The RCA report, seen by the Herald, said the man arrived at Mount Druitt Hospital emergency department at 7.30am on March 3, was diagnosed with acute pancreatitis and was to be sent to Westmead Hospital's intensive care unit. However, there were no beds available and he was moved instead to Mount Druitt's high dependency unit and did not arrive at Westmead until 9.45pm. He died early the next morning.

"It is unlikely that this delay altered the course of his illness." the RCA report said. Although the report said there were no intensive care beds at Westmead when nurses checked at 3pm and 5pm, when the man "began to deteriorate", it blamed the delay on "poor communication" within the emergency department.

Another senior doctor at Mount Druitt Hospital, who did not want to be named, said transfer delays were "inevitable" and "unnecessary". "The point is that you can't keep anyone who's even remotely unwell for monitoring at Mount Druitt," he said. "Politically, it's the right thing to say that you've got an emergency department but the fact of the matter is that this hospital has been so downscaled that if a person is really unwell, we can't keep them here.

But one of the authors of the General Metropolitan Clinical Taskforce report, Professor Kerry Goulston, said yesterday that the problem was not a lack of an intensive care unit but understaffing of the emergency department. "We said it was wrong 2« years ago to have a sign saying 'emergency department' and it wasn't functioning as a proper emergency department," Professor Goulston said.

Questions put to the Sydney West Area Health Service on Tuesday - including how it justifies keeping the emergency department open, whether patient transfers have been improved, what it was doing to increase consultant staffing levels, and what were the results of an audit on patient transfers - remained unanswered yesterday.


Rent law revamp to lure investors

Reality strikes at last -- faintly. Existing tenancy laws are so anti-landlord that only high rents can justify the risk of letting properties out. So the NSW government is finally beginning to recognize that the high rents that the poor have to pay are to a considerable extent the government's own doing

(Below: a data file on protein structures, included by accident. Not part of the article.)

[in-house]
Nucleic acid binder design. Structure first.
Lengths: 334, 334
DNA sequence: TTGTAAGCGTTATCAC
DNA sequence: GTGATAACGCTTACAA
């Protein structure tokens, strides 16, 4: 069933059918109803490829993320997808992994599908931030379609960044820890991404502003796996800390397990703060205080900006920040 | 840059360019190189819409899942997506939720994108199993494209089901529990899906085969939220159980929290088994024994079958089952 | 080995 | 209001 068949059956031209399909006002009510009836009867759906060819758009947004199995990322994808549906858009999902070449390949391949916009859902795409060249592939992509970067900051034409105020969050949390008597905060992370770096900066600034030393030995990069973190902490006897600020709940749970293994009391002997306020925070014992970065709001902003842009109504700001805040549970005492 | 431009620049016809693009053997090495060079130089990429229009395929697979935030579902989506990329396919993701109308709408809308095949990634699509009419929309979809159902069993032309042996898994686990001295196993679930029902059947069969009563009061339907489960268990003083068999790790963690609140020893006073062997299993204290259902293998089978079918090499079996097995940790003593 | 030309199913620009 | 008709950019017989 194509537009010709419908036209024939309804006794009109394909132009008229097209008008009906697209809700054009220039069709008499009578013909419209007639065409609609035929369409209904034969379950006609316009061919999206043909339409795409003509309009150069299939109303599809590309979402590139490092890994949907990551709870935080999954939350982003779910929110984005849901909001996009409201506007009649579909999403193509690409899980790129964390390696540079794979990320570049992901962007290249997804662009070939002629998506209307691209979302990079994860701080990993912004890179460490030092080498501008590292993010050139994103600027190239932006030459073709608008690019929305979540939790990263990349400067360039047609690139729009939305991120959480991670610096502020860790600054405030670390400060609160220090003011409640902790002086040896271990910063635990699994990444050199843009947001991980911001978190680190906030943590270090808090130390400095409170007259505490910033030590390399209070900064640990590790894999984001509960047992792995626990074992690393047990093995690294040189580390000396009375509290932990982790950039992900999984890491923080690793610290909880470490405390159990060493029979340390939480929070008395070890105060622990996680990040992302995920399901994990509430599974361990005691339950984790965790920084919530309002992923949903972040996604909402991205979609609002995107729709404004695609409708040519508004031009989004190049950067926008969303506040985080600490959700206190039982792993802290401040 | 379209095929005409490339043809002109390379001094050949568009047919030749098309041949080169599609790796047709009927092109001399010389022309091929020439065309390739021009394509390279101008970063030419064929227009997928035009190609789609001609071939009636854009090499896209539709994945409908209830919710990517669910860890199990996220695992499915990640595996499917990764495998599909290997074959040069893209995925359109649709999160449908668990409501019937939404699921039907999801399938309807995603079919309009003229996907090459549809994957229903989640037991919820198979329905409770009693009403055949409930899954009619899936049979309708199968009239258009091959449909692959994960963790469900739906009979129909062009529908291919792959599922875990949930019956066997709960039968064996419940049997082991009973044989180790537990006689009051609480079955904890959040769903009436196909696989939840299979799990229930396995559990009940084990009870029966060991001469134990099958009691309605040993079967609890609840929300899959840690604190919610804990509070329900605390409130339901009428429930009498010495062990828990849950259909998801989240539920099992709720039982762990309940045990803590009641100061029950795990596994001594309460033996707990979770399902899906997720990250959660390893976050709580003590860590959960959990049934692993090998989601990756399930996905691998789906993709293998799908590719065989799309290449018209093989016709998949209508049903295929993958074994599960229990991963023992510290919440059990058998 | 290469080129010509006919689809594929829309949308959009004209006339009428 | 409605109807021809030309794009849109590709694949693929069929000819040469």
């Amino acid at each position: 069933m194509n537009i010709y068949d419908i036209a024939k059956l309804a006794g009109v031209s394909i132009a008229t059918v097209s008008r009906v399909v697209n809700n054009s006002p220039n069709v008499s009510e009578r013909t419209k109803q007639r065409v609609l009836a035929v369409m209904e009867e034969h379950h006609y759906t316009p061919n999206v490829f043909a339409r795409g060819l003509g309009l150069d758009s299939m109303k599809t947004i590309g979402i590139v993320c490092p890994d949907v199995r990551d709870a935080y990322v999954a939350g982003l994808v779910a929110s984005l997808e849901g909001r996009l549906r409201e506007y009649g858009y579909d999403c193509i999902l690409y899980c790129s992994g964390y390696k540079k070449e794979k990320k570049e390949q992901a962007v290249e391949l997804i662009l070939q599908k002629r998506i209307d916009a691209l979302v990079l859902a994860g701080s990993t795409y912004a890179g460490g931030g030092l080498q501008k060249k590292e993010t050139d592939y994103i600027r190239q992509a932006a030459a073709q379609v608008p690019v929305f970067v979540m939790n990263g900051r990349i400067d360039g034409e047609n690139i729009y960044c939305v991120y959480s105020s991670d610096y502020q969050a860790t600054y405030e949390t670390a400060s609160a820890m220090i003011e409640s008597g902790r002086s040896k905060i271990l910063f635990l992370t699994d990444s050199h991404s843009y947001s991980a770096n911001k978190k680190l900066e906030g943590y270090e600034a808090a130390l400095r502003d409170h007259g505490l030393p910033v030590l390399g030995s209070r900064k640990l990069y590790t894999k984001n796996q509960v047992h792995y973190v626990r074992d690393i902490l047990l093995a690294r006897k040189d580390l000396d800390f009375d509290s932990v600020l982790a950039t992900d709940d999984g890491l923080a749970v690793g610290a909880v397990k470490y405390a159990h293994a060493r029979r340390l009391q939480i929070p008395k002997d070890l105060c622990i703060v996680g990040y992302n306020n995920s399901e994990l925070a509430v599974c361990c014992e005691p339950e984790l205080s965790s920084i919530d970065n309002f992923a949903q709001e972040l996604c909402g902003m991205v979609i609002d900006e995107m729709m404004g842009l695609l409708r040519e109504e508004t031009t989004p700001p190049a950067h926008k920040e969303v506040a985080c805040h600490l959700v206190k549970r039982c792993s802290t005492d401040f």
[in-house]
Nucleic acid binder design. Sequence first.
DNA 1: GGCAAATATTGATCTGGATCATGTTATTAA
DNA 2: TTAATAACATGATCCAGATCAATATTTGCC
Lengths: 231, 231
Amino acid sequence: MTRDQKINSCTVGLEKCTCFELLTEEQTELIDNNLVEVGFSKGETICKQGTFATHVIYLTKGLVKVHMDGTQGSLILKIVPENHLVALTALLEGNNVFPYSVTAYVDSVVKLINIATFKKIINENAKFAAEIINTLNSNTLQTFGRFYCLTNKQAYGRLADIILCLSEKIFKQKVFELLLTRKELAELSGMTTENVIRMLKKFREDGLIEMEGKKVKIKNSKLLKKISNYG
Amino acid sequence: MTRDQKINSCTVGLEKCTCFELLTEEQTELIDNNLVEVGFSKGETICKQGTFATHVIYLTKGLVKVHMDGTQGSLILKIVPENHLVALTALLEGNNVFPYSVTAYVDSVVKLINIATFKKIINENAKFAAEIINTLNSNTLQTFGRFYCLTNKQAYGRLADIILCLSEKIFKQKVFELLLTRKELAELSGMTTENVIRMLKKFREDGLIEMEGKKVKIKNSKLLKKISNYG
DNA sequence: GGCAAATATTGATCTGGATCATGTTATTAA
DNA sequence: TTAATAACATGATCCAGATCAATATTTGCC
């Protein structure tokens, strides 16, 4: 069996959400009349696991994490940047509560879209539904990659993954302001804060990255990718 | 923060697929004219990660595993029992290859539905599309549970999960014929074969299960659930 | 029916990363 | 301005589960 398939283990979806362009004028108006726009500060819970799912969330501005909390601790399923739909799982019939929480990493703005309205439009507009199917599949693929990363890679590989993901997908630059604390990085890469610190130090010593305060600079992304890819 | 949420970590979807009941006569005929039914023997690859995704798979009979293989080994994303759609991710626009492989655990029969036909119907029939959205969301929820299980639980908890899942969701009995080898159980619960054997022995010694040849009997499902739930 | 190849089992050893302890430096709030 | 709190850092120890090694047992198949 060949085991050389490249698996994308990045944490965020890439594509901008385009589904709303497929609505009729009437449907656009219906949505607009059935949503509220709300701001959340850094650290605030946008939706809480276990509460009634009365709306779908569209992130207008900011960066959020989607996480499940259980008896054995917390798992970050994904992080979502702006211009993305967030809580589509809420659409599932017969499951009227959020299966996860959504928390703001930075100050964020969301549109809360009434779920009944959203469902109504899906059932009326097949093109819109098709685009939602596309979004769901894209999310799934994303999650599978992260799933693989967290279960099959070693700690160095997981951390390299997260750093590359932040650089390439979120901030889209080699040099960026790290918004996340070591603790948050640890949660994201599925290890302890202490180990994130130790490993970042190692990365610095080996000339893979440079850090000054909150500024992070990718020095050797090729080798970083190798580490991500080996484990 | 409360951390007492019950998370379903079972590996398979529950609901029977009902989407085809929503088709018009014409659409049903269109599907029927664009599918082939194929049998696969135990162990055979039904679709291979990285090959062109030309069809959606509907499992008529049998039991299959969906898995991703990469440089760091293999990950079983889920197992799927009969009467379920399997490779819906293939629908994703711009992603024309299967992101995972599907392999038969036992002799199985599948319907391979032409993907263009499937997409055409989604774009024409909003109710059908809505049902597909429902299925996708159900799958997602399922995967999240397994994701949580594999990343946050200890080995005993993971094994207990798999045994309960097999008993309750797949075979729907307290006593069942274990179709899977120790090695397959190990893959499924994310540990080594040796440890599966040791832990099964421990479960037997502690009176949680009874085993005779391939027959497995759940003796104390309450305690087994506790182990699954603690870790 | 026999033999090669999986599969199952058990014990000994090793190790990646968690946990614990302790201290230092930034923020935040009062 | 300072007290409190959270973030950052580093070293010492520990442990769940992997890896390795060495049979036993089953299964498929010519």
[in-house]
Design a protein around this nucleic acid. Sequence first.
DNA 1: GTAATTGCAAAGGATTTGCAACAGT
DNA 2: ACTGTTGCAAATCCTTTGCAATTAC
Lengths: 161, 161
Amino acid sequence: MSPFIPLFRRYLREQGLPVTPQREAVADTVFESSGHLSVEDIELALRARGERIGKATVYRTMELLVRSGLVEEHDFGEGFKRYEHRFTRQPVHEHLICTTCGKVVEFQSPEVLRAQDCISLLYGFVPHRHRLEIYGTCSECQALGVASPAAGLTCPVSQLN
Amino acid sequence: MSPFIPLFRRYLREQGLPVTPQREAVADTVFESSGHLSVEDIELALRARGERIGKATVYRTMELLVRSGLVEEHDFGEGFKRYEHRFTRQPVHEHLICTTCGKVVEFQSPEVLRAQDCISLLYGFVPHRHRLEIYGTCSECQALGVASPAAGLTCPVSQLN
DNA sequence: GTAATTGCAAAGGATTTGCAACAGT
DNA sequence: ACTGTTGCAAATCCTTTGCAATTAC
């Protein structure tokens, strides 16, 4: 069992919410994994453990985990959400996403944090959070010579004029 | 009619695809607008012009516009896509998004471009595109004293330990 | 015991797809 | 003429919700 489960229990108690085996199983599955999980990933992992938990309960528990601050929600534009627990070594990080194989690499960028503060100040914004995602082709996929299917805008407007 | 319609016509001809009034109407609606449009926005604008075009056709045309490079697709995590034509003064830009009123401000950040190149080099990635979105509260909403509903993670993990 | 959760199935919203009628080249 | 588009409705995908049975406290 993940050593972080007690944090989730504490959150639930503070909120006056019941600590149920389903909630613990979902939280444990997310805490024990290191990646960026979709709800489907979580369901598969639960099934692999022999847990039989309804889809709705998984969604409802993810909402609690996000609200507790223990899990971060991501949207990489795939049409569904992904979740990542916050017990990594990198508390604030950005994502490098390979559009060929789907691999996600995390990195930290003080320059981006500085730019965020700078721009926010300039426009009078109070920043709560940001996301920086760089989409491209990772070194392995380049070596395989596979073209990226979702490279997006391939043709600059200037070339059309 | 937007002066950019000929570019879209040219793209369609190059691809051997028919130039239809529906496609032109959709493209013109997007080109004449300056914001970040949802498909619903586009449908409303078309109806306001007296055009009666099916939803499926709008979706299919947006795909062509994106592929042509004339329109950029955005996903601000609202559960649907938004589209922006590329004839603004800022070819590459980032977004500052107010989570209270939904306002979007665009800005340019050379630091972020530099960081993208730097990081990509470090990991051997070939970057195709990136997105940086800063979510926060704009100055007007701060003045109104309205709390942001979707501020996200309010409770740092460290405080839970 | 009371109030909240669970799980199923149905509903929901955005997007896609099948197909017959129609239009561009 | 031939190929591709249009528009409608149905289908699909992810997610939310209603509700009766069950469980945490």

TENANTS face swift eviction if they fall behind in their rent and many will have to pay water charges currently borne by landlords, under the first big overhaul of NSW's tenancy laws in 20 years. But tenants' rights will also be boosted. If landlords default on their mortgages and their properties are repossessed, tenants will be guaranteed at least 30 days' notice to move out. And for the first time, renters who need to move out of a share house or a relationship will be able to be apply to have liability on their part of the lease waived.

The changes are partly about "encouraging investment and people back into the property market", the Fair Trading Minister, Linda Burney, told the Herald. "At the moment it can take three months to [evict tenants] and that's a long time." That will be about halved under the new legislation to cut the "red tape". "Encouraging investors back into the market should help to reduce Sydney's rental squeeze," Ms Burney said. The rental vacancy rate in Sydney is just 1.5 per cent, and this adds to the housing affordability crisis.

The State Government will release its plans for public comment today - after several years of reviews - before introducing legislation early next year. The tenancy tribunal now confronts more than 20,000 cases involving rent arrears every year, and the Government wants to cut its workload. Under the changes, tenants who fall behind in rent would have "the onus placed on them to apply to the tribunal" if they wished to contest their eviction - rather than landlords having to justify their case. The tribunal could make a decision on the application swiftly without need for a hearing.

But the laws will also protect tenants who become victims when landlords default on their mortgages. The planned 30-day eviction warning follows horror stories of tenants arriving home to find the locks changed. On the rights of renters leaving a shared tenancy, Ms Burney said: "The issues of co-tenancy are really important - particularly where you might have a domestic violence situation." Other planned changes include:

* A right to a reduced rent if a landlord puts the property up for sale and prospective buyers traipse through;

* Greater rights for tenants to put up pictures or paint properties;

* Water charges to be levied on all tenants in properties with separate meters to provide "uniformity". A similar move in public housing resulted in a 29 per cent cut in water use;

* Powers for the tenancy tribunal to remove tenants from databases that real estate agents use to reject applicants;

* Cancelling eviction notices if a tenant can pay their rent arrears before the eviction date.

The Government plans to stop the payment of interest to tenants on their bond money. Currently the rental bond board returns the money after tenants move out of a property, with an interest payment of 0.01 per cent. That is just $80,000 a year on the $650 million in bonds that it holds.